At the height of the barracking and criticism Douglas Gageby, a former editor of the Irish Times, wrote in a letter to his old paper: "Many years ago my wife Dorothy and I were observing the progress of a large civil rights crowd across Craigavon bridge in Derry. On the west side we were stopped by the RUC. A young man in a check jacket turned round and motioned us all to sit down. He went forward to speak to the police. I was told his name was John Hume. He was unperturbed, cool and steady.
"I will never get that picture out of my mind. The demonstrators on the bridge, the wall of police and the young man crossing the open space on his own."
Such faith in Mr Hume, allied to the feeling that talking was essential, welled up from the grass roots. Within a few weeks he received more than 1,000 letters of support.
The Independent asked to see Mr Hume's postbag and published a full page of extracts. A sample from a Catholic woman in north Belfast: "After the recent massacres we were in total despair. Never in all the 24 years of the troubles was I so afraid, we were plain terrified. In the darkest hours of recent weeks we had one tenacious hope and voice - you." A Dublin priest wrote: "Well done, hang in there, don't let Dublin or London discourage you, it's the first time in 70 years that the sewer has been unblo cked. God bless." A woman in Galway wrote: "The plain people north and south are with you. You are having a rough time just now but please hang on in there. It is hard to see that at the moment, but we are sure peace will come." A Catholic woman in Belfa st told him: "The hope which you have implanted in our minds of `the cessation of all violence' has caught like wildfire. It is on everyone's lips and has even invaded the minds of those who would oppose you." A Belfast man wrote: "Your passion is inspir ing and you are a tribute to how to channel anger into nonviolent assertive power. You have touched a deep chord in many people."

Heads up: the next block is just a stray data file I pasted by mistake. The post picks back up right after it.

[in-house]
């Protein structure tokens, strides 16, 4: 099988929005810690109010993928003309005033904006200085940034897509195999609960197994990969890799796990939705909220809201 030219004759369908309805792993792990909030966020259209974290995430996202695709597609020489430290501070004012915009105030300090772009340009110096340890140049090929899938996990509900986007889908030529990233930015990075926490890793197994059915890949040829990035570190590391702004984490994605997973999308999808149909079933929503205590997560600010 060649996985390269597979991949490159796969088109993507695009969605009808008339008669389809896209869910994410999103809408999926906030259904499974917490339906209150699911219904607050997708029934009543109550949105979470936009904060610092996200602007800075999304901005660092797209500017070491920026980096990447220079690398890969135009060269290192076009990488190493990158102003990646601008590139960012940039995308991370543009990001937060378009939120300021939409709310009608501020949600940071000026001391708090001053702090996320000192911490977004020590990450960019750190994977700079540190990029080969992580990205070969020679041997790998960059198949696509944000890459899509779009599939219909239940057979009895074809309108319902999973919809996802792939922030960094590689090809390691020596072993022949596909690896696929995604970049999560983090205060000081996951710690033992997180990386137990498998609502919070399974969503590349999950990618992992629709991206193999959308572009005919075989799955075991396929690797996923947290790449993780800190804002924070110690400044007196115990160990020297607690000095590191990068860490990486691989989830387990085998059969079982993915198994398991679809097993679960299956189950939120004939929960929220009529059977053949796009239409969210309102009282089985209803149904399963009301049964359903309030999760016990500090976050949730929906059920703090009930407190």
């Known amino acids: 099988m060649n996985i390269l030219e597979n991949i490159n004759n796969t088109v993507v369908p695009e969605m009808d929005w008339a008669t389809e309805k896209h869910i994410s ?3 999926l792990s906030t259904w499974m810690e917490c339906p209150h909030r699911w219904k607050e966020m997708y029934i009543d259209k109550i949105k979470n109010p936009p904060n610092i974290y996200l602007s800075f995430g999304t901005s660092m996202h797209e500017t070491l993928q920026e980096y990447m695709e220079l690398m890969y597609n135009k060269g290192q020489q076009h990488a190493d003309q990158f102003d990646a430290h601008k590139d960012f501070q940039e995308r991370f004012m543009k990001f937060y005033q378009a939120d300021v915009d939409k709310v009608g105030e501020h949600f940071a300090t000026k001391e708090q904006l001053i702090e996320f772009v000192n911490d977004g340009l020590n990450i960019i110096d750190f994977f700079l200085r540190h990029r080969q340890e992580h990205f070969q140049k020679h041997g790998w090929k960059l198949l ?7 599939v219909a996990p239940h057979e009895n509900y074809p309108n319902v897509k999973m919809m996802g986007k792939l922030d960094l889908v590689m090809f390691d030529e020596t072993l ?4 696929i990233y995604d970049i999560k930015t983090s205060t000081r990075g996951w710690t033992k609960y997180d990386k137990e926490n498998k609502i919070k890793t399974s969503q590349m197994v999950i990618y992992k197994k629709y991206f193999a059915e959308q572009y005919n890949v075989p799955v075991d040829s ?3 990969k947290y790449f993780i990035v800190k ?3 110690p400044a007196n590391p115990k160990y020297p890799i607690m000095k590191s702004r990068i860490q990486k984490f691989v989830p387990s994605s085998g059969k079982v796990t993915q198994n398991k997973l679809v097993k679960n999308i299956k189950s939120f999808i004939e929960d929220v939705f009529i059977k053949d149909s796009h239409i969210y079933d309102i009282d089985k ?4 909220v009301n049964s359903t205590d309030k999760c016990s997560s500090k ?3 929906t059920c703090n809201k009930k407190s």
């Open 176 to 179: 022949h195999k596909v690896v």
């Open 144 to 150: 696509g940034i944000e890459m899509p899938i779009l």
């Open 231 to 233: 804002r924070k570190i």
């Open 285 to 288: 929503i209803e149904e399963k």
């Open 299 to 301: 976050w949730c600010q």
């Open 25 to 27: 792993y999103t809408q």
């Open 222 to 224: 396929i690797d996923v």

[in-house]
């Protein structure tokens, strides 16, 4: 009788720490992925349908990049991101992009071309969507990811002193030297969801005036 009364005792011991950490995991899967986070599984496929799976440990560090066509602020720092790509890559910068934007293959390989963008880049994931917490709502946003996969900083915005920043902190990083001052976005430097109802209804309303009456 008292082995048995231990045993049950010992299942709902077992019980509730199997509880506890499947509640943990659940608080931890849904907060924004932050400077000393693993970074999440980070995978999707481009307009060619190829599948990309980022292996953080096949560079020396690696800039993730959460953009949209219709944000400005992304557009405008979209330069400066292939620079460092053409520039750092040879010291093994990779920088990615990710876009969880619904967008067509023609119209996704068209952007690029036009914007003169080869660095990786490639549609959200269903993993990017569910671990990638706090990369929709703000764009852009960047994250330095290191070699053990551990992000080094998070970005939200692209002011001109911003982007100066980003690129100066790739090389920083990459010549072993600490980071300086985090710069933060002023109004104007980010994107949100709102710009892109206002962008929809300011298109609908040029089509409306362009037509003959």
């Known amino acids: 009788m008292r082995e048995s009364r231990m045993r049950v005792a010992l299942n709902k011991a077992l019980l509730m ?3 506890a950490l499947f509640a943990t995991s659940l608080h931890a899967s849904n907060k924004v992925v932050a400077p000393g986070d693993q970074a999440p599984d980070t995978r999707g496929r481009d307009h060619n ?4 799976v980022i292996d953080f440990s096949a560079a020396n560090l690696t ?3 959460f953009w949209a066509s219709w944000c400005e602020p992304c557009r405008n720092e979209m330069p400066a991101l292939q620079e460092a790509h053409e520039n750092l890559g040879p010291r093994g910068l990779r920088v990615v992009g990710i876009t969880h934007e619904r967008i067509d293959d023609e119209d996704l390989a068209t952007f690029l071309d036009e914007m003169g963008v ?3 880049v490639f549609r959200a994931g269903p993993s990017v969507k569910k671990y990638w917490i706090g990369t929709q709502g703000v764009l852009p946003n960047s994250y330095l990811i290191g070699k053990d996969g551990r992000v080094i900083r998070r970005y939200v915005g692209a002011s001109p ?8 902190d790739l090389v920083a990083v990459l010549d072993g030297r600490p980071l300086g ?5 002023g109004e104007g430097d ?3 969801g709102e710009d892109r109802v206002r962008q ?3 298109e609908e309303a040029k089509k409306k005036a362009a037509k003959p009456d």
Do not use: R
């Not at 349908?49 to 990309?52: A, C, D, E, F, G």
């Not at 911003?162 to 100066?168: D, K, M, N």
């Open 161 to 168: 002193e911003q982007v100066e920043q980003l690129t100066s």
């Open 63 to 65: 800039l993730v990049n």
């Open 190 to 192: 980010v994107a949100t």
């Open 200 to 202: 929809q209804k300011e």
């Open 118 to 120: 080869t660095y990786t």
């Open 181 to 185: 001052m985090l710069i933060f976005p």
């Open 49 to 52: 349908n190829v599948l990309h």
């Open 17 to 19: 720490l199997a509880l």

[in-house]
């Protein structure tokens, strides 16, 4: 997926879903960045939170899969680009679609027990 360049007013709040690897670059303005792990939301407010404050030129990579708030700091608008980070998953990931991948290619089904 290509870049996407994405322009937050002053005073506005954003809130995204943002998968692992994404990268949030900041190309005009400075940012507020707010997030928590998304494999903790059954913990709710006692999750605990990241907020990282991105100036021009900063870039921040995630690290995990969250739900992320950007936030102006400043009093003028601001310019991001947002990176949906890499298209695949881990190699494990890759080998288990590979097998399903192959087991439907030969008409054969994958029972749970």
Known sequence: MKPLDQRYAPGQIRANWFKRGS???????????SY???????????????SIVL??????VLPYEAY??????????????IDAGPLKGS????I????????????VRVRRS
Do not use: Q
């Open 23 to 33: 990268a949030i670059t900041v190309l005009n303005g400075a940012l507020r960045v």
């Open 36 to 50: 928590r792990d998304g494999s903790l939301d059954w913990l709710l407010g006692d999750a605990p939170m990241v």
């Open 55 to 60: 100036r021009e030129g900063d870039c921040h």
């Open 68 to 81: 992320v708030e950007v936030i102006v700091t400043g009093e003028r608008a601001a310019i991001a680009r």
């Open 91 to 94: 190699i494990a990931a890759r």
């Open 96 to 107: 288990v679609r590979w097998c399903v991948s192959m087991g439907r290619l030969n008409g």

One of the most poignant moments came when Mr Hume attended the funeral of a man who had been shot dead by loyalists. He was approached by the daughter of the victim, who told him: "Mr Hume, we've just buried my father. My family wants you to know that when we said the rosary around my daddy's coffin we prayed for you, for what you're trying to do to bring peace."
The television cameras captured the scene as Mr Hume nodded, shook her hands, turned away and broke down in tears.
The strain on him was intense. Chain-smoking, pale and nervous and clearly not sleeping properly, he collapsed with exhaustion and spent some time in hospital - but his initiative had taken root. The Dublin government, under a deluge of protest, overnig h t reversed its sceptical position on the initiative and began to pursue it with vigour. London moved, too, and the result was last December's Downing Street declaration, an open invitation to terrorists to lay down their arms and join the political proce sses. This autumn the republicans declared a ceasefire, and were followed by the loyalists.
For some time to come there will be the fear that their campaigns will be resumed; but alongside that fear there is now real and growing hope that we have seen the beginning of the end of the troubles.
Mr Hume has much more work ahead if he is to help to build a new settlement and a new arrangement to which nationalists, republicans, Unionists and loyalists can all give allegiance. But by taking enormous risks for peace, and constructing a framework that helped to produce this year's momentous developments, he has already earned himself a place in history.Reuse content